Layla Moran: The momentum is with my campaign – vote for me to move us forward together!

Each week LDV invites leadership candidates to submit one article. This is this week’s article form Layla Moran

Today’s the day! Ballots are finally dropping into inboxes and through letterboxes. I’m urging Lib Dem members to vote for me, to move our party and our country forward – and the momentum is with my campaign.

Let’s be honest – there is a burning need for change. At just six per cent in the polls, we are in sink or swim territory. Our country desperately needs a strong liberal voice to challenge Boris Johnson’s increasingly isolationist and regressive Conservative Government.

I’ve been clear throughout this contest: to change our country, we must first change our party. Because only by renewing ourselves and rebuilding trust will we win again. And only by winning will we be able to deliver progressive, liberal change for communities across the country.

In my plan for our party, I’ve outlined five key steps to strengthen our party at every level and win again from the bottom up. It starts with learning the lessons from the past decade, and sending a clear signal to voters that we are renewed as a party, and can credibly communicate a progressive message. We can do this by electing me as leader!

After this, we will win back trust and support by living our values as a party, listening to voters, empowering our activists to deliver a core message that resonates with a broad base of supporters

It’s an approach I’ve tried and tested in my seat. My team and I built a plan and a vision which gained support from moderate conservative voters, as well as parties on the centre-left. We grew from the ground up, winning council seat after council seat before I was elected in 2017. The result was an increase in our council base, a 10,000 Conservative majority overturned, and a new Lib Dem MP.

I want to replicate these local winning tactics nationally.

In the same online leaflet, you can read the building blocks of my vision for our country.

There is still a place for bold, liberal ideas in the UK. I know this because, since the December elections, I have been listening. I travelled to talk to voters in Leeds, Sheffield, Wales, Devon and Cornwall and I’ve since held over 300 online listening sessions with our Party members and voters.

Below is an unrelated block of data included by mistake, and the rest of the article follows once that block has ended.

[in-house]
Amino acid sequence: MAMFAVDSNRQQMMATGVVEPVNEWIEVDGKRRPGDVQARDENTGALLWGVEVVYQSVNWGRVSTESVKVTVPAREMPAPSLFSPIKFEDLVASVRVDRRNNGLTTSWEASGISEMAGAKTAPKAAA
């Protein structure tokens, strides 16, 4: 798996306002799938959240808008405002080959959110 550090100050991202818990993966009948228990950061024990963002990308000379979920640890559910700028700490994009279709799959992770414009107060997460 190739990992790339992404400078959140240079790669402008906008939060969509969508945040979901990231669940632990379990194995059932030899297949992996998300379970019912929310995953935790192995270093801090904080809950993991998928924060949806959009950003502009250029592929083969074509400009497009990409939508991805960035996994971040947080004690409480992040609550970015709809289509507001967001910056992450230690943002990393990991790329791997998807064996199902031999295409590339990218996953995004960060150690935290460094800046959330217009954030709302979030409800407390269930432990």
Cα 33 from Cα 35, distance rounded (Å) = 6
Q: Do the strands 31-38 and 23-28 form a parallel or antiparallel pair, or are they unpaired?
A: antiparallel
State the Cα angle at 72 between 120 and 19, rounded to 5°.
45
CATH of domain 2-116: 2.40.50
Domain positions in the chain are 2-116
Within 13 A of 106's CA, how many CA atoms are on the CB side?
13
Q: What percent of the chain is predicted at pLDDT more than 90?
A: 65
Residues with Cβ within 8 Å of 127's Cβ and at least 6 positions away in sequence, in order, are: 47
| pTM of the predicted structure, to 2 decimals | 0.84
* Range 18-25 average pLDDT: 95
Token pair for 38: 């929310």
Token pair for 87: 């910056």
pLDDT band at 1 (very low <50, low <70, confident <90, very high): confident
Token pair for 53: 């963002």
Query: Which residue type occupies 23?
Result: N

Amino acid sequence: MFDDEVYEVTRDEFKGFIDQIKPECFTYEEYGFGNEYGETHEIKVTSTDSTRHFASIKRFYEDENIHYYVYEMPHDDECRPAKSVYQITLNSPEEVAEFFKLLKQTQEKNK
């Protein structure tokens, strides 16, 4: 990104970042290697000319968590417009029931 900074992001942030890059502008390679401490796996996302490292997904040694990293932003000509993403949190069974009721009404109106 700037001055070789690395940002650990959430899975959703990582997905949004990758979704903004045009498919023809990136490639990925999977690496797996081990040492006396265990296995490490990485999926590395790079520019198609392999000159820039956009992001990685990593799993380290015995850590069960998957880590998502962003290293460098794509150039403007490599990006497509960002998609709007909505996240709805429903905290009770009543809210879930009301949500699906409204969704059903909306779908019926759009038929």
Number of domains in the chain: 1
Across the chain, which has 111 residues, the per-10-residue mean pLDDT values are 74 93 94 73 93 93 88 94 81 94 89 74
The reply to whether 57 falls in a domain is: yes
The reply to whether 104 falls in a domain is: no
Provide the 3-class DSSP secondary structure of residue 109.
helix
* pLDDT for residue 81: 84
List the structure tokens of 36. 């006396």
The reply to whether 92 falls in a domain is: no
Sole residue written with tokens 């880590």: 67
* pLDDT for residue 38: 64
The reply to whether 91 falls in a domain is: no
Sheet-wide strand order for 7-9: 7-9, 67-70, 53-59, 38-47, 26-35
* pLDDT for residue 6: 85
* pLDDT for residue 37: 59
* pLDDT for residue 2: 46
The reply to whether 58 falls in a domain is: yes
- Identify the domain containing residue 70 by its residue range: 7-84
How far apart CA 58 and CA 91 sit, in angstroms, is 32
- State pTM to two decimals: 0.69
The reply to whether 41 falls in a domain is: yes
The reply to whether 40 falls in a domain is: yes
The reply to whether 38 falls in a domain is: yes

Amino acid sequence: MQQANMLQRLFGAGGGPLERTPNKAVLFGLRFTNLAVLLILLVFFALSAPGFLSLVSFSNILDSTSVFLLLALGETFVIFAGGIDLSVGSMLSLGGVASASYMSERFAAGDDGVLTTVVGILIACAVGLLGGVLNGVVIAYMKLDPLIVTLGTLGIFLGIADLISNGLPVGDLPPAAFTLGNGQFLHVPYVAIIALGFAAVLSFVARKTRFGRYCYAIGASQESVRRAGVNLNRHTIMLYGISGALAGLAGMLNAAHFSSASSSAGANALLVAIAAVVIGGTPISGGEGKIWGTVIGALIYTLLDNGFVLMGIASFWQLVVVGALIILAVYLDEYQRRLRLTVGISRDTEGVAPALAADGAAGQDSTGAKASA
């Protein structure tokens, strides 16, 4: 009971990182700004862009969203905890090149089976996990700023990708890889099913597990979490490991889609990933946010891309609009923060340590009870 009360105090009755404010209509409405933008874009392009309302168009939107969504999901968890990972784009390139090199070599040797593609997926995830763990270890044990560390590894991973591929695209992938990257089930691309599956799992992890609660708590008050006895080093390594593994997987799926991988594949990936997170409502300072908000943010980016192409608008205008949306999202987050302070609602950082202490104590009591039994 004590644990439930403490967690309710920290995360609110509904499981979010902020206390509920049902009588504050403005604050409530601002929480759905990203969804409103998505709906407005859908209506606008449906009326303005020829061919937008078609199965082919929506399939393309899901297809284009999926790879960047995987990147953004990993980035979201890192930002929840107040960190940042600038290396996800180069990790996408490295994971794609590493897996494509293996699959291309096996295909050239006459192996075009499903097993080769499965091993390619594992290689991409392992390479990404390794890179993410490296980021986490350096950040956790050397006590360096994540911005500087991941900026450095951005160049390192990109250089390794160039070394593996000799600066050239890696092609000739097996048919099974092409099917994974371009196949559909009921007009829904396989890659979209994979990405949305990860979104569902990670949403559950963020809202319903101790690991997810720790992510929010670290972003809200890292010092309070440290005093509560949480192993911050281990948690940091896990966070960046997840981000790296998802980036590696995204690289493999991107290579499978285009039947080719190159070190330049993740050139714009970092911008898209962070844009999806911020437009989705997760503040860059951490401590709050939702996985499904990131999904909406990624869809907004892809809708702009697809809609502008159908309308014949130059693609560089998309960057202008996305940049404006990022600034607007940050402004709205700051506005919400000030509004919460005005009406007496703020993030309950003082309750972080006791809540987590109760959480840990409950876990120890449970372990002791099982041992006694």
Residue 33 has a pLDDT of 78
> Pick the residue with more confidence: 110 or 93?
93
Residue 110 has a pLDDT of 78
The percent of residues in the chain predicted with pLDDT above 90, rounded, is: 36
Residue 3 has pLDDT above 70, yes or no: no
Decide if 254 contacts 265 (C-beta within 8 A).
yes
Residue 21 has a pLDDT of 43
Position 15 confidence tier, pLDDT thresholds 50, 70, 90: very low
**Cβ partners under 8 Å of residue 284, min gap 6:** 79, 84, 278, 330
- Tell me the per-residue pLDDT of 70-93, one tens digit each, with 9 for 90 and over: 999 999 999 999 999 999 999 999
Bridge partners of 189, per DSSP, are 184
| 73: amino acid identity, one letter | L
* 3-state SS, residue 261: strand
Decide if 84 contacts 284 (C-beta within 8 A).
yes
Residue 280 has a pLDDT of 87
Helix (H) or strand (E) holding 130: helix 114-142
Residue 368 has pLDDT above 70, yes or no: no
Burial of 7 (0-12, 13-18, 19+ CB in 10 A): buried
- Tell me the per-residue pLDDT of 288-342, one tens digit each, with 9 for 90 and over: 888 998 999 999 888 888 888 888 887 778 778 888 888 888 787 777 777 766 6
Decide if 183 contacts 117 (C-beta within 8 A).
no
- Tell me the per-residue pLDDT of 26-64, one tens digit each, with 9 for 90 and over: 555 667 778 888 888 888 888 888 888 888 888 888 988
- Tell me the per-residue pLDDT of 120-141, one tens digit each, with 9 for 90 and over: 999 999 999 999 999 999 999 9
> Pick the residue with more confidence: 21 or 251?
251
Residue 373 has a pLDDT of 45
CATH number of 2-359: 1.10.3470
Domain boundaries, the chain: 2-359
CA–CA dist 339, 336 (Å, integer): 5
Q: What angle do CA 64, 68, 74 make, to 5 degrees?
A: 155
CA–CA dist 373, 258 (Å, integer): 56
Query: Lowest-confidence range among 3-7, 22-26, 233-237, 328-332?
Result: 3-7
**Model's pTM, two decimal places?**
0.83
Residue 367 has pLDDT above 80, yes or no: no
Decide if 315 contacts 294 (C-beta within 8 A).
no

Opinions and ideas from the grassroots have informed my vision. And it’s underpinned by the liberal notion that everyone should have an equal opportunity to thrive, and the security to live life in the way they choose.

My vision and campaign are getting coverage in the media, too. In the last six weeks, I’ve had over 370 media mentions and appearances in outlets across the political spectrum, from the Guardian to the Telegraph.

With the right message and messenger, media cut-through is achievable, and it is necessary for our revival. Just this weekend, I was on Sophy Ridge on Sky and interviewed in the Observer. That is the level of exposure the Lib Dems need, permanently.

I’ve been overwhelmed by the support so far. From former Liberal Democrat MPs, including the wonderful Lynne Featherstone, to thousands of members who, like me, want to move our party forward. I’ve been delighted with the support from outside the party, too. Both Dragons’ Den entrepreneur Deborah Meaden and Scientists for EU campaigner Mike Galsworthy, for instance, have endorsed me and my campaign!

In this leadership election, I’ve shown that I am the candidate who can move us on from the last decade, rebuild trust and power a political comeback. The momentum is with my campaign to move our party and country forward, and I’m urging members to show their support by voting for me, and voting for change, today.

* Layla Moran is the Liberal Democrat MP for Oxford West and Abingdon

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This entry was posted in Op-eds.


  • Lorenzo Cherin 30th Jul '20 - 10:38pm

    I thank Layla for her approach during this campaign. I have admired and liked her since I heard her before she became an MP. I was keen for to stand when Vince did. I wanted her to become leader after that period of Brexit divisiveness.

    But Corona virus arrived. Ed at the helm needed to be supported. I supported him. He is a good and able man and politician and I felt an election unnecessary yet.

    We have one now. I wrestled over it. What to do. Heart or head? A not very accurate dilemma. It has turned into something more interesting. My heart and head now says go for it. My longstanding feeling has no caution.

    Throughout these months of inaction , dithering, inconsistency, I have wrestled with something greater. Why a government so unclear, so unsure, so uncertain?! Systems, poor, responses, terrible, pandemic more awful than it might have been.